I can safely say that I am one of the most risk-averse people I know. Especially when it comes to my money and where I put it. One investment vehicle I've always steered well clear of is stocks. That world is just too volatile for me and that old-fashioned, risk-averse personality of mine.
And that's not only because it's the only place I know where your fortune can be wiped out in a matter of moments.
One day up, the next day down. Influenced by those irritating vagaries of sentiment, the global financial meltdown, the euro-zone crisis, poor economic data from everywhere USA, slower-than-expected growth in anywhere China. You name it, some element will always find a way to worm its way in and send global stock markets crashing to record lows. It's always been that way, unfortunately.
It's also a world where you'll find a lot of followers and very few leaders. If it wasn't for my risk-averse nature, that factor alone would be enough to keep me away. But, really, it's the worry and the stress of owning shares that, for me, make it just not worth it.
So you can imagine my surprise when I had a brainwave recently. Standing in the kitchen with the fridge door open, it came as such a shock that I sent a dozen eggs crashing to the floor. Seriously.
I blame Facebook for that, as well as a whole lot of other things, like failing to protect our privacy and that ridiculous Timeline. Specifically, though, I was thinking about Facebook and its initial public offering (IPO).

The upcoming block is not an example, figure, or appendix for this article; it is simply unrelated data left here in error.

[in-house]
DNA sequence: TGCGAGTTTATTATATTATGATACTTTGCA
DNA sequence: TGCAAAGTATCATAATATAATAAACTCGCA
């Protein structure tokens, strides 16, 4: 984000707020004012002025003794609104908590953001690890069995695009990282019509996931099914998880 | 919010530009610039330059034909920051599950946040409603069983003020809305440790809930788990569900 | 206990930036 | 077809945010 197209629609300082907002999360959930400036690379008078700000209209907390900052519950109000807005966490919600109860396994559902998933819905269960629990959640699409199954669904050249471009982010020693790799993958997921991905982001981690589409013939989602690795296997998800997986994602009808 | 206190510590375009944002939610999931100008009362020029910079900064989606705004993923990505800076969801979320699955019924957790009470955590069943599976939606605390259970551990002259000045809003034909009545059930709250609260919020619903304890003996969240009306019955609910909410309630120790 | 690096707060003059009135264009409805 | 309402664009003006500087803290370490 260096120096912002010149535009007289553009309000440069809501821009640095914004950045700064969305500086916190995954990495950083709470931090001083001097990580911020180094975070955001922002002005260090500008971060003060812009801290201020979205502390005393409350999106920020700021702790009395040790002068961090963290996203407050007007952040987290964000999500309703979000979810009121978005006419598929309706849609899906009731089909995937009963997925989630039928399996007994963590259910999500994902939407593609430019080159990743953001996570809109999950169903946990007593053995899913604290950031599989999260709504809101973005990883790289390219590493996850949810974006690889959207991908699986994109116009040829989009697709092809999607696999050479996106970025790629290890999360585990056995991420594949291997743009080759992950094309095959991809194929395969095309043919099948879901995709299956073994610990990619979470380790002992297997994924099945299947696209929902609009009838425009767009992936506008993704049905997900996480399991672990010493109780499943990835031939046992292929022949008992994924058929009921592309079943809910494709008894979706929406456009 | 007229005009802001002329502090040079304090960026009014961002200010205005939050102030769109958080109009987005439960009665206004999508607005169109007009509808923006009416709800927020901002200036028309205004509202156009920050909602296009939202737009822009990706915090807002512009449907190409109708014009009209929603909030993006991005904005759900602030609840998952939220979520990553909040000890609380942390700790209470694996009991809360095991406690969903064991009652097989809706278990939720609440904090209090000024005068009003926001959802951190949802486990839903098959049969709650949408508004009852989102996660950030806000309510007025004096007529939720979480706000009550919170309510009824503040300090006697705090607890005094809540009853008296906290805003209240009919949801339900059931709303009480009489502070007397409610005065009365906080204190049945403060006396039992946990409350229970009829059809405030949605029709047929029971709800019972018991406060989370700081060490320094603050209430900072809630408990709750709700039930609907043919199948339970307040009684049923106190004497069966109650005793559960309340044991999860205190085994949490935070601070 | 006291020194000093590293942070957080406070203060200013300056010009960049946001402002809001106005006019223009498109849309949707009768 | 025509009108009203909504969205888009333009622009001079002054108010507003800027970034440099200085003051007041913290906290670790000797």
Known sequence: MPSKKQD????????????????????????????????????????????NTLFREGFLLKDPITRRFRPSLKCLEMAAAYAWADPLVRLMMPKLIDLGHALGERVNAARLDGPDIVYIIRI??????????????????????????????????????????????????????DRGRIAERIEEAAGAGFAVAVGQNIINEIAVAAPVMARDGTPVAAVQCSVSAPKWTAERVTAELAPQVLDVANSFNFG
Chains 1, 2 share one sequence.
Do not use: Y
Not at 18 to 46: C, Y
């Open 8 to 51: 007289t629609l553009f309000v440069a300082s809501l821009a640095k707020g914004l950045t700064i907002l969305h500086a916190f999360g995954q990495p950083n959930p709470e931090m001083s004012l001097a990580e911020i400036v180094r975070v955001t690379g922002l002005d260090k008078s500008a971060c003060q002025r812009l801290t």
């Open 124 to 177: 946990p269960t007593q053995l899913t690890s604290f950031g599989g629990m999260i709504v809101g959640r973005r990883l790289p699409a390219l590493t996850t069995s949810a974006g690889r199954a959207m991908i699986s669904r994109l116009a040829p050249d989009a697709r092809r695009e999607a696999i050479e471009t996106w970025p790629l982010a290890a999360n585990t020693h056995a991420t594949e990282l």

Look. I know. It's not in my nature. And owning shares has never been a part of my investment plan. Facebook's fundamentals should be enough to have me running in the opposite direction, not to mention memories of that nasty dot-com crash of 2000.
But the thought of getting in at the social-networking site's IPO level was just too, well, illuminating for me to let it go, not to mention the possibility of making a fast buck - which also happens to go against the grain for me.
So, as I mopped up the mess of the smashed eggs, a plan began to formulate.
But first, I had to figure out how small investors could get a slice of the action. So far, Facebook's IPO roadshow, which kicked off this month, has been targeting only institutional investors (think managed funds with big bucks) and retail investors (think the likes of Warren Buffett with even bigger bucks).
So perhaps I should be institutionalised for even having the temerity to think I could get in on a little Facebook IPO action.
Why? Well, the "mums and dads" investors - that's you and me - are being ignored. A slap in the face, really, when you consider it is these very people who are the majority of Facebook's nearly 900 million users. But that's Mark Zuckerberg for you; a socially inept nerd who seems to have forgotten how Facebook became so successful in such a short time, not to mention where the idea really came from. But shh. He doesn't like that being mentioned in public, despite the movie and the lawsuits from those pesky Winklevoss twins, who just won't let sleeping dogs lie.
I read on CNNMoney's website that mums and dads investors might be able to get a slice of Facebook's IPO through E*Trade, a US-based online trading site. There was my shot, I thought. But no, I have to be based in the US to set up an account with E*Trade. I also have to have a certain amount of money in the account and have made a certain amount of trades over the past year.
That rules me out then - and my plan to sell off the stock a few days after it listed, hoping to cash in on its popularity with the followers of this world.
But in the words of Mr Buffett, one of the world's most successful investors: "Most people get interested in stocks when everyone else is. The time to get interested is when no one else is. You can't buy what is popular and do well."
No wonder he's called "The Sage of Omaha". I feel so much better already.